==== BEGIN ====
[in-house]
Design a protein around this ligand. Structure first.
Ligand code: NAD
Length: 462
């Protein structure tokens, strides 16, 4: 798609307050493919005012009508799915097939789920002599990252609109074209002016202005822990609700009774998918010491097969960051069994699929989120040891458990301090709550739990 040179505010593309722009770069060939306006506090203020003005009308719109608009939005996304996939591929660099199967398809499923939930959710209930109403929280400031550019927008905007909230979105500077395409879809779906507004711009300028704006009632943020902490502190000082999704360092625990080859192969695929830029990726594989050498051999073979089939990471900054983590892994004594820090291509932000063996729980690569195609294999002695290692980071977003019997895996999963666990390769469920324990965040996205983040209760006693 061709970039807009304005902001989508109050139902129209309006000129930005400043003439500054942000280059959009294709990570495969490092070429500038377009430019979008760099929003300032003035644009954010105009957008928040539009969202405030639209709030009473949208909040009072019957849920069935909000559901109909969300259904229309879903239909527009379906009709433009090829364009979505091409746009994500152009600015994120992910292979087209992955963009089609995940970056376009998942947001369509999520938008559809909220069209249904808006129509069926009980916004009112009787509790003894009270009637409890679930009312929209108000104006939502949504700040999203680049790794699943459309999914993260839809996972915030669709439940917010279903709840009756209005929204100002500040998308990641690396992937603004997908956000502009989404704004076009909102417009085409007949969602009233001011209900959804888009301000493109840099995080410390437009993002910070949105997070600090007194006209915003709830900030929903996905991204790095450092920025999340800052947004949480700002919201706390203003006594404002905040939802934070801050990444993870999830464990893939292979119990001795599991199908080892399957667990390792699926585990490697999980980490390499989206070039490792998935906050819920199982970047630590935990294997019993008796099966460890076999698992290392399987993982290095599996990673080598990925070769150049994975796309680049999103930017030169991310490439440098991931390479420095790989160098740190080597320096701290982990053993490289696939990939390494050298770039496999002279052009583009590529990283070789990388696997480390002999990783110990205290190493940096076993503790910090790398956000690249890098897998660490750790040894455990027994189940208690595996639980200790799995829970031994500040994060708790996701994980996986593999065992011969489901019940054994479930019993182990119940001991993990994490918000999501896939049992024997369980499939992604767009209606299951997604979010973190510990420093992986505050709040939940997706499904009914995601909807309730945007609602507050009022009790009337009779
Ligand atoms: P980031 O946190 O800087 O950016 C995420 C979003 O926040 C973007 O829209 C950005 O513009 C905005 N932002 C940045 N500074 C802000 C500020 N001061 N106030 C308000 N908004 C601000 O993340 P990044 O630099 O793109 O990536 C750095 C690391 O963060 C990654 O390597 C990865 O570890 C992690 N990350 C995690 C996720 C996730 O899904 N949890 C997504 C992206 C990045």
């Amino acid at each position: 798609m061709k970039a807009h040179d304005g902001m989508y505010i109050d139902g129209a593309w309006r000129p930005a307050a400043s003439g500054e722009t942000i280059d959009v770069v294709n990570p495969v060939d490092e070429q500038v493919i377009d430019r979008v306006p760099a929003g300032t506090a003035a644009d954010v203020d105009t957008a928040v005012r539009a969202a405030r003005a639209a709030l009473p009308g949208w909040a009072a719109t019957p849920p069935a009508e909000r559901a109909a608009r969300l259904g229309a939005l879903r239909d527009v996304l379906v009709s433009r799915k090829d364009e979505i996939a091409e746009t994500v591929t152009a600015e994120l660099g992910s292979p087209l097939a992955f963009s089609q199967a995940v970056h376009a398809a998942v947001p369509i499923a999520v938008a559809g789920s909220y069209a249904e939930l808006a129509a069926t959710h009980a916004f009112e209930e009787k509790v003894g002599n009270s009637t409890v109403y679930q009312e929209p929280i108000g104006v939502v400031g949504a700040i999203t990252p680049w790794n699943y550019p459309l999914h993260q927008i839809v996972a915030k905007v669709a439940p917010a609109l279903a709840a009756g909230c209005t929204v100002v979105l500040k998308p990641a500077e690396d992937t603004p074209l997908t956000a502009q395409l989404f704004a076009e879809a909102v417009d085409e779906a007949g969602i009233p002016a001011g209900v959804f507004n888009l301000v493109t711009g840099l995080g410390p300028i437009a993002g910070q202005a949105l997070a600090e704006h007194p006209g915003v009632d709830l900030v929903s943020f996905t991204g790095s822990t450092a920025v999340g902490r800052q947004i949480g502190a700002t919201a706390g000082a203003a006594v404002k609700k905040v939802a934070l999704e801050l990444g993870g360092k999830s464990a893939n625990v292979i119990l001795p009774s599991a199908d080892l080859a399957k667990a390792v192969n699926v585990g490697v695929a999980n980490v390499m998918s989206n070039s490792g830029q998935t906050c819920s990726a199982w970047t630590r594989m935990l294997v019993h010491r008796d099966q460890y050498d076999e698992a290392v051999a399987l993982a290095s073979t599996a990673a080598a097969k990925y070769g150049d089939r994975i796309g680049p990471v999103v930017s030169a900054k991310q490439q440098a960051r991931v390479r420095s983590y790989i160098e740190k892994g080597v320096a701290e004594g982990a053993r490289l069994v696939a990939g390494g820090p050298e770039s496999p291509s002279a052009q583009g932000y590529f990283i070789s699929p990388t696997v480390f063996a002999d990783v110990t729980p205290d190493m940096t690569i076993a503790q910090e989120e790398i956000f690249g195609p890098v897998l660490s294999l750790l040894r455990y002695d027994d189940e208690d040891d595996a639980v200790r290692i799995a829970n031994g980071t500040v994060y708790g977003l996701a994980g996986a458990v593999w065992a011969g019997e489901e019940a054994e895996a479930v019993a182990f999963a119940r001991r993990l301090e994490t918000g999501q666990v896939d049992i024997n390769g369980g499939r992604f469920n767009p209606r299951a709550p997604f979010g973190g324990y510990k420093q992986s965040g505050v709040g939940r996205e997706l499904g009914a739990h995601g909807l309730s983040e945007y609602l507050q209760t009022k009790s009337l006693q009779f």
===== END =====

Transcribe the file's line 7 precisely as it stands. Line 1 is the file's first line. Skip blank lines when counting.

């Amino acid at each position: 798609m061709k970039a807009h040179d304005g902001m989508y505010i109050d139902g129209a593309w309006r000129p930005a307050a400043s003439g500054e722009t942000i280059d959009v770069v294709n990570p495969v060939d490092e070429q500038v493919i377009d430019r979008v306006p760099a929003g300032t506090a003035a644009d954010v203020d105009t957008a928040v005012r539009a969202a405030r003005a639209a709030l009473p009308g949208w909040a009072a719109t019957p849920p069935a009508e909000r559901a109909a608009r969300l259904g229309a939005l879903r239909d527009v996304l379906v009709s433009r799915k090829d364009e979505i996939a091409e746009t994500v591929t152009a600015e994120l660099g992910s292979p087209l097939a992955f963009s089609q199967a995940v970056h376009a398809a998942v947001p369509i499923a999520v938008a559809g789920s909220y069209a249904e939930l808006a129509a069926t959710h009980a916004f009112e209930e009787k509790v003894g002599n009270s009637t409890v109403y679930q009312e929209p929280i108000g104006v939502v400031g949504a700040i999203t990252p680049w790794n699943y550019p459309l999914h993260q927008i839809v996972a915030k905007v669709a439940p917010a609109l279903a709840a009756g909230c209005t929204v100002v979105l500040k998308p990641a500077e690396d992937t603004p074209l997908t956000a502009q395409l989404f704004a076009e879809a909102v417009d085409e779906a007949g969602i009233p002016a001011g209900v959804f507004n888009l301000v493109t711009g840099l995080g410390p300028i437009a993002g910070q202005a949105l997070a600090e704006h007194p006209g915003v009632d709830l900030v929903s943020f996905t991204g790095s822990t450092a920025v999340g902490r800052q947004i949480g502190a700002t919201a706390g000082a203003a006594v404002k609700k905040v939802a934070l999704e801050l990444g993870g360092k999830s464990a893939n625990v292979i119990l001795p009774s599991a199908d080892l080859a399957k667990a390792v192969n699926v585990g490697v695929a999980n980490v390499m998918s989206n070039s490792g830029q998935t906050c819920s990726a199982w970047t630590r594989m935990l294997v019993h010491r008796d099966q460890y050498d076999e698992a290392v051999a399987l993982a290095s073979t599996a990673a080598a097969k990925y070769g150049d089939r994975i796309g680049p990471v999103v930017s030169a900054k991310q490439q440098a960051r991931v390479r420095s983590y790989i160098e740190k892994g080597v320096a701290e004594g982990a053993r490289l069994v696939a990939g390494g820090p050298e770039s496999p291509s002279a052009q583009g932000y590529f990283i070789s699929p990388t696997v480390f063996a002999d990783v110990t729980p205290d190493m940096t690569i076993a503790q910090e989120e790398i956000f690249g195609p890098v897998l660490s294999l750790l040894r455990y002695d027994d189940e208690d040891d595996a639980v200790r290692i799995a829970n031994g980071t500040v994060y708790g977003l996701a994980g996986a458990v593999w065992a011969g019997e489901e019940a054994e895996a479930v019993a182990f999963a119940r001991r993990l301090e994490t918000g999501q666990v896939d049992i024997n390769g369980g499939r992604f469920n767009p209606r299951a709550p997604f979010g973190g324990y510990k420093q992986s965040g505050v709040g939940r996205e997706l499904g009914a739990h995601g909807l309730s983040e945007y609602l507050q209760t009022k009790s009337l006693q009779f």